Infectious Disease

Use of acid suppressant medications in infancy raises childhood risk for wheeze, asthma

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Infants exposed to acid suppressant medications did not experience an increased risk for allergen sensitization in early childhood, according to a study published in The Journal of Allergy and Clinical Immunology: In Practice.

But they did show an increased risk for recurrent wheeze and asthma, Lacey B. Robinson, MD, MPH, an allergist/immunologist with the division of rheumatology, allergy and immunology at Massachusetts General Hospital, and colleagues wrote in the study.

Data were derived from Robinson LB, et al. J Allergy Clinic Immunol Pract. 2022;doi:10.1016/j.2022.07.013.

“Prenatal exposure to acid suppressant medications (ASMs) has been associated with increased risk of childhood asthma, but less is known about the risks of exposure in early infancy,” Robinson told Healio. “We performed this study to better understand these associations.”

There is little evidence for their efficacy and the American Academy of Pediatrics recommends limited use, according to the researchers, but ASMs such as proton pump inhibitors and histamine-2 receptor agonists often are administered to infants for gastroesophageal reflux and GERD.

The study involved 920 participants (30% aged younger than 2 months; 40% girls; 43% non-Hispanic white) in the ongoing 35th Multicenter Airway Research Collaboration multicenter cohort study enrolled during a hospitalization for bronchiolitis during the winters of 2011 through 2014.

According to the researchers, 202 (22%) were exposed to ASMs during infancy. Of them, 178 had data on their exposure duration, with a median duration of ASM use of 13.7 weeks (interquartile range [IQR]4-31).

Also, 177 of the 202 infants with ASM exposure had a documented GERD diagnosis during their first year of life. A greater percentage of exposed vs. unexposed infants were non-Hispanic white, privately insured and exposed to ASM prenatally.

Overall, 289 (32%) of 913 participants developed recurrent wheeze by age 3 years, including 84 of 195 (43%) exposed to ASM during infancy and 205 of 718 (29%) without exposure.

Infants exposed to ASM experienced a significantly higher rate of developing recurrent wheeze by age 3 years in the unadjusted model (HR = 1.65; 95% CI, 1.28-2.12), with a persistent association following adjustment (adjusted HR = 1.58; 95% CI , 1.2-2.08).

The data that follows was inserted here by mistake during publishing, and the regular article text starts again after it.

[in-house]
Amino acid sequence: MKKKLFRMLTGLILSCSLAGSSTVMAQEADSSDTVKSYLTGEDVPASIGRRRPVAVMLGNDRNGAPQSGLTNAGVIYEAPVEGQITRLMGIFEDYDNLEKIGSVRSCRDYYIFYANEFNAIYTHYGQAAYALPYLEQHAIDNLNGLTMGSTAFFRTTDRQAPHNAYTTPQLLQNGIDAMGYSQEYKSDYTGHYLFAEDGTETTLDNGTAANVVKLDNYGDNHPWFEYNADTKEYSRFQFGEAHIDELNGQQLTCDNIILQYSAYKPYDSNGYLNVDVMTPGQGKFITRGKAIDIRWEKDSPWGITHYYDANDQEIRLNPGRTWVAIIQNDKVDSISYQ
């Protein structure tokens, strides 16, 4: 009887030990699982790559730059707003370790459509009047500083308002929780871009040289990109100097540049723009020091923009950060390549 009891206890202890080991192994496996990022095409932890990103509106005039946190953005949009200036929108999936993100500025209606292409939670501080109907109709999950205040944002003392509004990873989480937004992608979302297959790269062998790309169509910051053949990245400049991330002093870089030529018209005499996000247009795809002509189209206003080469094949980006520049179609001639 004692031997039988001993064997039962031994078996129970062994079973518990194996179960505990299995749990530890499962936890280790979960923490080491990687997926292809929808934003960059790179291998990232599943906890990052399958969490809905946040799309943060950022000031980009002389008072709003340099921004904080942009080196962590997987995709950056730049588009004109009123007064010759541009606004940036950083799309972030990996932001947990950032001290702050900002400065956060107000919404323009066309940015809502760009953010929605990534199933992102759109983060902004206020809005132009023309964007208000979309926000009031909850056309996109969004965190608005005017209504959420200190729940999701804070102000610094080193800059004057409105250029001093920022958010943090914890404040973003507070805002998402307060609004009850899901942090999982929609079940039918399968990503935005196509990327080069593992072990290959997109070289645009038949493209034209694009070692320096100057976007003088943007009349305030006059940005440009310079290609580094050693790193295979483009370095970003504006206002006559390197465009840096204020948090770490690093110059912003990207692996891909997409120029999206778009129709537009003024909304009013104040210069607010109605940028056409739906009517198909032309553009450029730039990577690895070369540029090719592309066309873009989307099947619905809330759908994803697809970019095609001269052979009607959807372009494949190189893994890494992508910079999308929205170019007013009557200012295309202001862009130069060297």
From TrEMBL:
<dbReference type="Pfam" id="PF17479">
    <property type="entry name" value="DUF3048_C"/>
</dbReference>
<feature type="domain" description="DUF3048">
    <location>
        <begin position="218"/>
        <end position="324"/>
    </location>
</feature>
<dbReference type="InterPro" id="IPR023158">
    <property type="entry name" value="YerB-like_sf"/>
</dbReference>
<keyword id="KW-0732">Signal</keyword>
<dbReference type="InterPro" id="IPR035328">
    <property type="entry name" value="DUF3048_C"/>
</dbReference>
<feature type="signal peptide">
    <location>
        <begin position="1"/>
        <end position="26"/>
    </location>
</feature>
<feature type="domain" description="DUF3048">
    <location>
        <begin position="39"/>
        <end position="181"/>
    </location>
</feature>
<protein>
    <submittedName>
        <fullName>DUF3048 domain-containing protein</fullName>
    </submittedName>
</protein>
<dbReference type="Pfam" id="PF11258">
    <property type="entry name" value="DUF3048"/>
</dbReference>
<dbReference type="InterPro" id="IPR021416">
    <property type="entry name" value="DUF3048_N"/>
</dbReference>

Among 610 participants analyzed for allergen sensitization, 29% developed food sensitization, 27% developed aeroallergen sensitization and 42% were sensitized to a food or aeroallergen. Incidence of sensitization to a food or aeroallergen appeared comparable between the ASM exposure and nonexposure groups (40% vs. 42%).

When they analyzed the cohort for asthma, the researchers found that 239 (28%) of 861 participants had developed asthma by age 6 years, including 64 of 189 (34%) exposed to ASM in infancy and 175 of 672 (26%) who were not exposed.

In the unadjusted model, those exposed to ASMs experienced significantly higher odds for developing asthma by age 6 years than those who had not been exposed (OR = 1.45; 95% CI, 1.09-1.94), with an association that persisted after adjustment (adjusted OR = 1.66; 95% CI, 1.22-2.27).

“In our study, infants exposed to acid suppressant medications had a significantly increased risk of developing recurrent wheeze and asthma in childhood. We did not, however, find an association with development of allergic sensitization,” Robinson said. “This is an interesting finding that warrants additional study including study of the underlying mechanism of these associations.”

The researchers noted that the mechanism behind the associations between ASM exposure and risks for recurrent wheeze and asthma are unknown. Risk for allergen sensitization and deleterious alterations in the airway and gut microbiota could play a role, they continued, although the lack of increased allergen sensitization suggests that development of sensitization in early childhood might not be the underlying mechanism.

“In line with pediatric guidelines, doctors should use caution when prescribing acid suppressant medications during infancy. As always, doctors should carefully consider the potential risks and benefits of the therapy,” Robinson said.

The researchers intend to continue their studies.

“The next steps include confirming the results in patient populations including healthy children and determining the underlying mechanism of this association,” Robinson said.

For more information:

Lacey B. Robinson, MD, MPH, can be reached at laceybrobinson@gmail.com.

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